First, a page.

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Electric Country Guitar Lessons: Alternating Bass: Chet Atkins and Scotty Moore Style

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This page contains a transcription of a video lesson from Country Guitar with Guthrie Trapp. This is only a preview of what you get when you take Electric Country Guitar Lessons at ArtistWorks. The transcription is only one of the valuable tools we provide our online members. Sign up today for unlimited access to all lessons, plus submit videos to your teacher for personal feedback on your playing.

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[MUSIC]
Okay, we're gonna get into some what
I call the Chet Atkins and
Scotty Moore styles here.
And it's gonna be alternating bass and
I call it dead thumb,
which is like, sounds like this.
[MUSIC]
There's a lot of muting going on here.
We're gonna mute pretty heavily with
this style to keep these bass notes
kind of bouncing and grooving.
And it's all about the right hand
patterns, which some of these
patterns are, it's very hard for
me to articulate and convey to you.
Especially for,
one of things about these are,
it's very hard to play these slow, because
it's so much about these rhythm and
these groove and how this happens
naturally with these patterns.
So what we're gonna do, is we're gonna
play out of this A chord position.
And this might get a little tricky,
but just bear with me.
This is gonna be a fun lesson.
So what I'm doing is I'm
playing this A bar chord.
I'm playing it with these three fingers,
I'm playing the four notes here.
A, C sharp, E and A, so that's my chord.
Now I'm wrapping my thumb around
the top of this fretboard,
around this neck, and
I'm hitting this A string with my thumb.
I know this could be a little difficult,
but just try it.
And it's a pretty natural move.
I mean, I'm just wrapping
my hand around there, and
my thumb is catching this A string.
[MUSIC]
So try that, and it's not like this but
it's just catching,
like it's almost hitting right here.
And the the meat of my thumb
is catching that A string,
that A note on the low
E string right there.
And the low E string is the only
string you can do that with.
You're not gonna be able to do that
with the A or the D, it's just too much.
So this is kind of common
with this kind of stuff,
a lot of guys will use their
thumb to fret over the top there.
And that could be a little bit
more advanced technique, but
we're gonna do this.
So let's do the dead thumb.
So this pick,
the pick attack
is going to be
[MUSIC].
That's the sound.
So this is like a Memphis style,
almost rockabilly kind of approach,
but it's basically the Chet,
kind of the Chet style.
So this is really,
it's fun to groove on this and
it's fun to kind of have this whole sound
going where you've got the bass notes,
syncopation, and
your little melody line on top.
So what's gonna happen here,
is we're gonna keep this dead thumb going.
[MUSIC]
And then our middle
finger is gonna go,
[MUSIC].
And what I'm doing is, I'm hitting
the high E string with the A note fretted.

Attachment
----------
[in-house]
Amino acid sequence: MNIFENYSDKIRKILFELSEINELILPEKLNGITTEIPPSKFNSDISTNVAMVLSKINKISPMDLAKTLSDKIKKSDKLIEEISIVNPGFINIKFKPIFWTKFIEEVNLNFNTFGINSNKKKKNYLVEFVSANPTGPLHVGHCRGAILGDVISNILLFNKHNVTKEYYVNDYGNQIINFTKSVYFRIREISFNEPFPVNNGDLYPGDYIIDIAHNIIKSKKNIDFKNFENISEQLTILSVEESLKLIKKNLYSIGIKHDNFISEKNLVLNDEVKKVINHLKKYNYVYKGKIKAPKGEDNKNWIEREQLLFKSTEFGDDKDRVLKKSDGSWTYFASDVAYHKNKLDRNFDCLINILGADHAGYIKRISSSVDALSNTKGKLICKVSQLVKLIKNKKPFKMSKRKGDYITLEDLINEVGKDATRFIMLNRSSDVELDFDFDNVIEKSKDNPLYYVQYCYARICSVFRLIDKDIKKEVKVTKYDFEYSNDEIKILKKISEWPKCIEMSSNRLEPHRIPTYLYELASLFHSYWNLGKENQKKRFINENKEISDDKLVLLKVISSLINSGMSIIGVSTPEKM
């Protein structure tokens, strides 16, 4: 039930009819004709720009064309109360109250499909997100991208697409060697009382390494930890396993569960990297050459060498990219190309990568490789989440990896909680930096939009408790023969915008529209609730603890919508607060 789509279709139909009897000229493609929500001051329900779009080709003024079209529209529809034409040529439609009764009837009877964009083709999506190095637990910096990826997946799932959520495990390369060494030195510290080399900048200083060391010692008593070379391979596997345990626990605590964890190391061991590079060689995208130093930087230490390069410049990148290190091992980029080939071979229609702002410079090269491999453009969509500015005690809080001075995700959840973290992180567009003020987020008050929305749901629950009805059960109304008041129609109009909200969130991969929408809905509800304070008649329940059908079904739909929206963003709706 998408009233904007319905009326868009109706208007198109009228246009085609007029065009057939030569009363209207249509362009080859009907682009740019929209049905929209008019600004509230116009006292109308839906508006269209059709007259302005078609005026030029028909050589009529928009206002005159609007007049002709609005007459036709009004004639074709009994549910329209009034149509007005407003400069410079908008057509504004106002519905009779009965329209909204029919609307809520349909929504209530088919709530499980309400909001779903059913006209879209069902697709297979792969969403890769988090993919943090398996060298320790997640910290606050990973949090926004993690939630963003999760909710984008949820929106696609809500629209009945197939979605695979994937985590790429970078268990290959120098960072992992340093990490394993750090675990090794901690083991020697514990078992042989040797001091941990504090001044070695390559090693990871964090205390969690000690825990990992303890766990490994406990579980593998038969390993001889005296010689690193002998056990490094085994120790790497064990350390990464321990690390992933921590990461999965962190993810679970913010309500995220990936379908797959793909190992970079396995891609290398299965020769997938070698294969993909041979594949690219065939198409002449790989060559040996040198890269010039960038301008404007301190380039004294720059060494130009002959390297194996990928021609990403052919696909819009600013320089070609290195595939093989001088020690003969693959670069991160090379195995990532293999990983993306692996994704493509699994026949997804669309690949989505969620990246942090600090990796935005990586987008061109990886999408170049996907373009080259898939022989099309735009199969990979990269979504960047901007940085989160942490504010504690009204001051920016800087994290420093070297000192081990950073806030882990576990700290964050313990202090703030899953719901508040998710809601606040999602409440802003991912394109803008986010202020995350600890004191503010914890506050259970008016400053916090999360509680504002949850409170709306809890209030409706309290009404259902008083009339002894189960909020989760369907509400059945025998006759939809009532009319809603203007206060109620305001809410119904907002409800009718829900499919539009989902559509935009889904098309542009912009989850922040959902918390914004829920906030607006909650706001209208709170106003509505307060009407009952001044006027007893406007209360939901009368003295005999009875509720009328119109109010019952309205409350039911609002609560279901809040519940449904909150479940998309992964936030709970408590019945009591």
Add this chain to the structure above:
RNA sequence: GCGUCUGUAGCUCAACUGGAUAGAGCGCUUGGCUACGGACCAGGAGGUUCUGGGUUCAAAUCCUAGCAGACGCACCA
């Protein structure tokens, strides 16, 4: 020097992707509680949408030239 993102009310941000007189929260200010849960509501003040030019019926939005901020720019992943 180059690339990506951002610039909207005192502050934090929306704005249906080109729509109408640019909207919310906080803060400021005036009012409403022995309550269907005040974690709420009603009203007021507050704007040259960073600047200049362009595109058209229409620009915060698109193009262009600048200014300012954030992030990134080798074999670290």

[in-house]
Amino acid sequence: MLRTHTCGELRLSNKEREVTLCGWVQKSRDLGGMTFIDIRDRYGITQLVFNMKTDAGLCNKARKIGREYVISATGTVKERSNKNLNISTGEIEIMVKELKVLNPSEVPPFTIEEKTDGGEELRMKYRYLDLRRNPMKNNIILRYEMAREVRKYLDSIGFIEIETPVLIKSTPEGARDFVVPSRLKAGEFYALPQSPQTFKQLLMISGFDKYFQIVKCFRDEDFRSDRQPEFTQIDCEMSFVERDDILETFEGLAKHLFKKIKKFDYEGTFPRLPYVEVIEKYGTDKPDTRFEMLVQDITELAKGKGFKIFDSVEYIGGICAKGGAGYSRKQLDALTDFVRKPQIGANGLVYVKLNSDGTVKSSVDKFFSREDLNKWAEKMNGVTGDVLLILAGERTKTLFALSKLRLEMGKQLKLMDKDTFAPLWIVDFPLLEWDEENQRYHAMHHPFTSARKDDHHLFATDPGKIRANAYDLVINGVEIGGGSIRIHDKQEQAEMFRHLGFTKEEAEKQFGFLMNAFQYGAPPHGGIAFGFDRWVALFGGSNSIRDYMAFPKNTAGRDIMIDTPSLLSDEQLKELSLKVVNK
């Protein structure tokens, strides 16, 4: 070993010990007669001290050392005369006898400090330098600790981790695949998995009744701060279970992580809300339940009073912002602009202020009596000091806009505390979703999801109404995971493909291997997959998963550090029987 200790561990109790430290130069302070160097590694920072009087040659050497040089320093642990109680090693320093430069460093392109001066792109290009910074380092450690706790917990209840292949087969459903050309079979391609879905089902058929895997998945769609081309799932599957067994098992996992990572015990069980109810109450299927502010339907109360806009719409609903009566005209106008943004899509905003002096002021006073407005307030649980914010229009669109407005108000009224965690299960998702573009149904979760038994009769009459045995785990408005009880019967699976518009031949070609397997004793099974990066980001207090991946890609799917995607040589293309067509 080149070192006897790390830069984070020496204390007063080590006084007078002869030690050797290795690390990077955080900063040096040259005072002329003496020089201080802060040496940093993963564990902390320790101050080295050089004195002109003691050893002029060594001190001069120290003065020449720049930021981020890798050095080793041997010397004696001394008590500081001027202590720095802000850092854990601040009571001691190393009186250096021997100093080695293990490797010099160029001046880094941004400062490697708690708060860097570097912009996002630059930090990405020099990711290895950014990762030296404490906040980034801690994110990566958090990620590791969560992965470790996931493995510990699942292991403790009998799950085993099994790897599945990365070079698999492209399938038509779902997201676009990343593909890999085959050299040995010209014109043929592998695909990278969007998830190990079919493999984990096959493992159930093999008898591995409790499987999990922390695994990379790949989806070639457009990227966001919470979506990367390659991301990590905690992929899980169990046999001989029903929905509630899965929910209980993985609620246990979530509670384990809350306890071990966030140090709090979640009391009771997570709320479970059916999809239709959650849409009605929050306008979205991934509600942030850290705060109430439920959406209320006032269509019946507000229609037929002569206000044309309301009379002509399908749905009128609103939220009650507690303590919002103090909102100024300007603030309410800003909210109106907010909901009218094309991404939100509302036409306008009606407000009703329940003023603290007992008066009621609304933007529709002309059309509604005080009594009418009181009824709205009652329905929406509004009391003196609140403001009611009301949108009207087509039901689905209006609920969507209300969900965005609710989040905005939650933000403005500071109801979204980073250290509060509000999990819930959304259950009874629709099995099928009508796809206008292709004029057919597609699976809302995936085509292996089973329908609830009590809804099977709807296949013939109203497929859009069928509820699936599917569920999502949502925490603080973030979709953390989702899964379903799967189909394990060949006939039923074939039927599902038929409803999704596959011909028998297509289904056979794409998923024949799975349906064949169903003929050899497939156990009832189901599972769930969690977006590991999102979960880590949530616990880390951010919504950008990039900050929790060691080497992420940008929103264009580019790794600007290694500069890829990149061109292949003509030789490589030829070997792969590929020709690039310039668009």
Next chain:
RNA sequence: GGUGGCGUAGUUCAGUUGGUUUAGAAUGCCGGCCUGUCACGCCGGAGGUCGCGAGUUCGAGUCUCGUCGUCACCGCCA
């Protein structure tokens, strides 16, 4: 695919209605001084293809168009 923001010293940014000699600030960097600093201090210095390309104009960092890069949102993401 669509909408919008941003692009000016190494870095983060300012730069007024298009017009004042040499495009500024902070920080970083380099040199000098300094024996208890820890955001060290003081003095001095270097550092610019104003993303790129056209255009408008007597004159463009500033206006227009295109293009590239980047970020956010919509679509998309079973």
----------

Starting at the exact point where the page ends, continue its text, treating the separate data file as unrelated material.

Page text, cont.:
And then I'm hitting the six of the scale,
which is in this case F sharp.
[MUSIC]
Yeah, that's right, the sixth.
So I'm hitting F sharp,
[MUSIC]
and that creates this,
[MUSIC]
this sound.
So what that is,
is I'm barring these two and
then I'm just putting my little
finger right here on the 7th fret.
[MUSIC]
So what that sounds like is, and
don't forget now the little finger,
I mean, the middle finger, watch this.
[MUSIC]
Now this middle finger, it might feel like
your finger's out of control
when you try doing this.
But just keep it, I'm muting here,
that's your anchor.
And it's also for sound purposes, this is
because this whole style is kind of muted
with this kinda thing
that you're doing here.
That's the effect you want.
[MUSIC]
So that
is all
three
cords.
We went down to D and played a D7,
which is this shape and you're moving.
I'll show you how to play D7 up the neck,
so we're going,
[MUSIC]
just like we did C earlier.
We're gonna move that up to here,
so D with the ring finger on D.
Middle finger on F sharp,
little finger on C, first finger on D.
So that's,
[MUSIC].
So,
[MUSIC].
So that pattern is,
[MUSIC]
I'm pinching the D string and
the B string with my,
like this so,
[MUSIC].
Now you're gonna wanna reference the slow
motion video with this right hand,
because I can't play this riff slow.
I can't do it, it's crazy.
But it's gotta have that
bounce to engage this pattern.
So please watch the slow motion video, and
all the accompanied material
that goes with these lessons.
So we're gonna go here in A,
[MUSIC].
Now we're going to go to D,
[MUSIC].
Now when I'm doing that,
[MUSIC]
I'm doing that trick where we lift up just
enough to stop the strings, and
I'm doing it with all four fingers.
I'm going,
[MUSIC].
You almost can't even see it,
cuz it's such a subtle little motion.
And then E,
[MUSIC].
You can slide in with that thumb if
you want to give that a little kind of
an accent.
[MUSIC]
So there
I did
a little
walk up.
I did,
[MUSIC]
a walk down actually.
I walked down from D.
I went D, C, B, B flat, A.
So that was coming out of the D cord.
[MUSIC]
Sliding right back up to the A.
I walked up to E7, which is right here.
Same as E7, up a whole step.
I walked right up the scale,
[MUSIC].
I went,
[MUSIC]
right out of the chromatic,
just chromatically right up.
So from A, C sharp, D, D sharp, E.
[MUSIC]
And the more you can mute that with
a little reverb on,
it's really gonna sound cool.
[MUSIC]
So that's a little lesson
on just kind of that style.
And we'll get into some more complex
right hand stuff later on, but
that's a good one, thanks.
[MUSIC]